AUGUST BURNS RED are strangely almost unique in the genre of metalcore nowadays, in that they still lead the charge in terms of their popularity and sound, and yet their sound hasn’t changed for over ten years. What defines them is their booming, epic, breakdown-heavy anthems of glory, implementing ridiculous solos and gang vocals to make every track feel like an absolute adventure. Since their breakthrough album, Messengers, from 2007, they’ve released album after album of hits, and not broken their stride for a single second. Their relevance can be proved by the fact that their recent Messengers 10 Year Anniversary tours of the US, UK and Europe sold out shows everywhere, and people went crazy from start to finish. In a recent interview with Distorted Sound, guitarist Brent Rambler attributed this in part to their solidarity as a band – “I definitely think that [the consistency of the band’s lineup] plays a big part. We know each other at this point, and we know how to work with each other.”
This theory is proven entirely in the form of the band’s huge new album, Phantom Anthem. From start to finish, the record defines completely the sound of AUGUST BURNS RED. Each and every track has its own brilliant hook, and the album soars through the band’s heavy beginnings right through to their more progressive recent undertakings, in a way that balances their sound perfectly.
It opens with King Of Sorrow, and short of being the usual atmospheric intro track we expect in the genre nowadays, AUGUST BURNS RED dive straight into a metalcore riff-fest. Throughout the first half of the album, the band barely let up, showing that the passing of time has not deteriorated their ability to deliver punishing blast beats, huge breakdowns, and the trademark tapping and solos we have come to expect from lead guitarist, and seemingly ageless JB Brubaker. It’s difficult to pick highlights in this first section, as it all seems to blend together in a whirlwind of blast beats and metalcore machismo, but one thing is certain – they picked their singles well.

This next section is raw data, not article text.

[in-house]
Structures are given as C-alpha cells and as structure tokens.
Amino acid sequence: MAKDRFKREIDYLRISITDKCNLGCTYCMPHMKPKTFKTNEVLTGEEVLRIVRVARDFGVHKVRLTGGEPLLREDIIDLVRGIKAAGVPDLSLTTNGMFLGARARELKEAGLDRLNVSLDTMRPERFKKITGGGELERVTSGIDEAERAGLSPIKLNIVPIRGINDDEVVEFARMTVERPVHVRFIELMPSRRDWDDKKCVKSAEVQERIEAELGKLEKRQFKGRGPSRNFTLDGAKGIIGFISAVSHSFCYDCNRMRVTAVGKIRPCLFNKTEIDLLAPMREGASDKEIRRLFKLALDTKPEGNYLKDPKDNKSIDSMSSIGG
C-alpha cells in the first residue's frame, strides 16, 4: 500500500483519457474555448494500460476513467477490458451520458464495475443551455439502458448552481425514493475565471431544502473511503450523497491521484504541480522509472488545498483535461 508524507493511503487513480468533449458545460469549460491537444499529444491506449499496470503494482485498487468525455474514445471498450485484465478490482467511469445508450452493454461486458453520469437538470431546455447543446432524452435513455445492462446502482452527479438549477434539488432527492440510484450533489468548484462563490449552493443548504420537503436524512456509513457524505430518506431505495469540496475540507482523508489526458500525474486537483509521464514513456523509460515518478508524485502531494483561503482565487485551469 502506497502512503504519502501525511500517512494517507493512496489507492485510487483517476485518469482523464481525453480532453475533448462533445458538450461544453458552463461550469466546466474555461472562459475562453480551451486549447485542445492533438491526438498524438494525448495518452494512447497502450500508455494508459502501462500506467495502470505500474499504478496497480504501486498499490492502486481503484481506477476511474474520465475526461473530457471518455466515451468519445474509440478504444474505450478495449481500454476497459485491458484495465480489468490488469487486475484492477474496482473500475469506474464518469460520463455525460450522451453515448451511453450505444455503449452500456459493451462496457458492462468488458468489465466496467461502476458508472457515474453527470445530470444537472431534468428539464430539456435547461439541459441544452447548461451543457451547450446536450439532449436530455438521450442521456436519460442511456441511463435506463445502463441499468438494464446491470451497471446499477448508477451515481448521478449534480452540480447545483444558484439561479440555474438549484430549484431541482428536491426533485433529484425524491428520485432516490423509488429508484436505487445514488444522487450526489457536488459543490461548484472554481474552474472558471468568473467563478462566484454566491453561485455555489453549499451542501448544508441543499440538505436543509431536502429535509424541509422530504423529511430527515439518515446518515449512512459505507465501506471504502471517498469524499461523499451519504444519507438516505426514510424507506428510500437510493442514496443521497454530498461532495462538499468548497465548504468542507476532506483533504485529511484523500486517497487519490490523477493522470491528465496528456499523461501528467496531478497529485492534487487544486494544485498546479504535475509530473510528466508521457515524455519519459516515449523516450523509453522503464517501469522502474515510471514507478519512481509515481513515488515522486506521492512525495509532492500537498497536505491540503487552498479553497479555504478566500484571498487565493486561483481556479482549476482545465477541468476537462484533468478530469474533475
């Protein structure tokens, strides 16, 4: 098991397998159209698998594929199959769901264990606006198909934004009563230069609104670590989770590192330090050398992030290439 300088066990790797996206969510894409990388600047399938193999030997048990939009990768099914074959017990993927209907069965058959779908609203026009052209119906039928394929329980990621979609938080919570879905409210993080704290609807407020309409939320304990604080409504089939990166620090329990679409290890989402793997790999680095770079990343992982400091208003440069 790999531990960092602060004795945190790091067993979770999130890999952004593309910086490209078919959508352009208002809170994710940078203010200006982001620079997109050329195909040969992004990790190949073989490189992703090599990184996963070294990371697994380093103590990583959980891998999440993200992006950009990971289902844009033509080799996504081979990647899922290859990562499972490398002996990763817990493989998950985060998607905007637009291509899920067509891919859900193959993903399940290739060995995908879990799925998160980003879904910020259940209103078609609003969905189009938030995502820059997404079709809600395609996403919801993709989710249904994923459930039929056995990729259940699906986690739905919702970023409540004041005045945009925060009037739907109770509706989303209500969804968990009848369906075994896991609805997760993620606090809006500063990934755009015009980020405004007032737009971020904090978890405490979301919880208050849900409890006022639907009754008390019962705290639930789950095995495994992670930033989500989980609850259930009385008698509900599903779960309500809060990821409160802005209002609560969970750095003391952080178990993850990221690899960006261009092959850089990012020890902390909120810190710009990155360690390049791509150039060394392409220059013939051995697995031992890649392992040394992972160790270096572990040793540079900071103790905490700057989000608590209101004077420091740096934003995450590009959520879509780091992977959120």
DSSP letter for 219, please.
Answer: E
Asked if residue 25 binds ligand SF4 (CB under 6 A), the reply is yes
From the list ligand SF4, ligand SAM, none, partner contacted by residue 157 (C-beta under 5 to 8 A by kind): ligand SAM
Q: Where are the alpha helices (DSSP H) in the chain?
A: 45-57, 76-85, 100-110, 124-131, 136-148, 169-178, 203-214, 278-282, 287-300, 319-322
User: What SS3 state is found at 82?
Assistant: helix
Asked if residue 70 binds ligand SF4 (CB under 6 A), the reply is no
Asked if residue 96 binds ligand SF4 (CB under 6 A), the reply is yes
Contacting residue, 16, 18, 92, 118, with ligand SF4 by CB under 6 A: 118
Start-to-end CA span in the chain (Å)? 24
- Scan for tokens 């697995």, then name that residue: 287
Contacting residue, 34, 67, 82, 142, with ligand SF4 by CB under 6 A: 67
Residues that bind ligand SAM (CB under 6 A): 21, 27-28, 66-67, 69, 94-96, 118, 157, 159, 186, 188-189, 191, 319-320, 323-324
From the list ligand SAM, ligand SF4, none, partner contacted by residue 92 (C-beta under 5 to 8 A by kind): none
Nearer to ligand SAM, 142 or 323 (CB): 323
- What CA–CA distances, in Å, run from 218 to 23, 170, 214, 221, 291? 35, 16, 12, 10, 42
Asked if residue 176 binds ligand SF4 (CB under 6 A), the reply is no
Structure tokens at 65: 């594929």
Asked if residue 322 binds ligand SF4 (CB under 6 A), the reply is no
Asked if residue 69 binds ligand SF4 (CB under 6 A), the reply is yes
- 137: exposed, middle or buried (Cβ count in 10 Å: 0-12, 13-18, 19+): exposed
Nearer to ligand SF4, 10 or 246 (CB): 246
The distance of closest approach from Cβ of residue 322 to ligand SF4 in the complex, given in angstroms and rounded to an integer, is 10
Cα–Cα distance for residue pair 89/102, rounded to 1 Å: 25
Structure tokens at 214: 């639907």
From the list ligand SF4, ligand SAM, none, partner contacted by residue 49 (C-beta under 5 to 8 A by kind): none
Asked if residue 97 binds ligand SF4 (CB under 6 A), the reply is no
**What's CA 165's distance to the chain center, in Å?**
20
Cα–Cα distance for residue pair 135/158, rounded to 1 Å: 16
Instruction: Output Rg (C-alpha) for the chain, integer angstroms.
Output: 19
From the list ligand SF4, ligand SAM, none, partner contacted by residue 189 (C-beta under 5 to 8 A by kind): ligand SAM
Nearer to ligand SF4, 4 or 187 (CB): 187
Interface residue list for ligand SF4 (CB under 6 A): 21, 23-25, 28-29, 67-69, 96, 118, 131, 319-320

The Frost was the second single released from the album, and it’s everything that’s good about Phantom Anthem. It’s epic, easily fills five minutes, and has a huge chorus as well as some spectacular fretwork. This theme is reflected on several tracks on the album, such as Lifeline, Float and closer Carbon Copy. Invisible Enemy also stands out as the other single on the album, which had an imaginative puppet-themed music video alongside its release. This sound has received massive praise when the band have been playing it live on recent tours, due to its old-school feel and irresistible rhythm.
It’s clear on several of the songs that the rhythm section of the band, made up of drummer Matt Greiner, guitarist Brent Rambler and bassist Dustin Davidson, have taken great influence from their old material. Most of the album throws fans straight back to Thrill Seeker and Messengers in terms of its blinding speed, blast beats and china fills on the drums. However, on songs such as Coordinates, it’s evident that some of their more recent endeavours have made it through. Found In Far Away Places had several songs on it with drawn out, jazzy instrumental sections showcasing the groove and variety of the band, and there are several of these moments on Phantom Anthem – albeit more defined.
In Brent’s interview with us, he stated that ‘…we think if you are a fan of the band you will enjoy it’. He couldn’t be further from the truth. Phantom Anthem is exactly what AUGUST BURNS RED fans have been waiting for since the last album. Fast, heavy, epic and feel-good, it embodies the band’s slogan: ‘Angry music, for happy people’.
Phantom Anthem is set for release on October 6th via Fearless Records.
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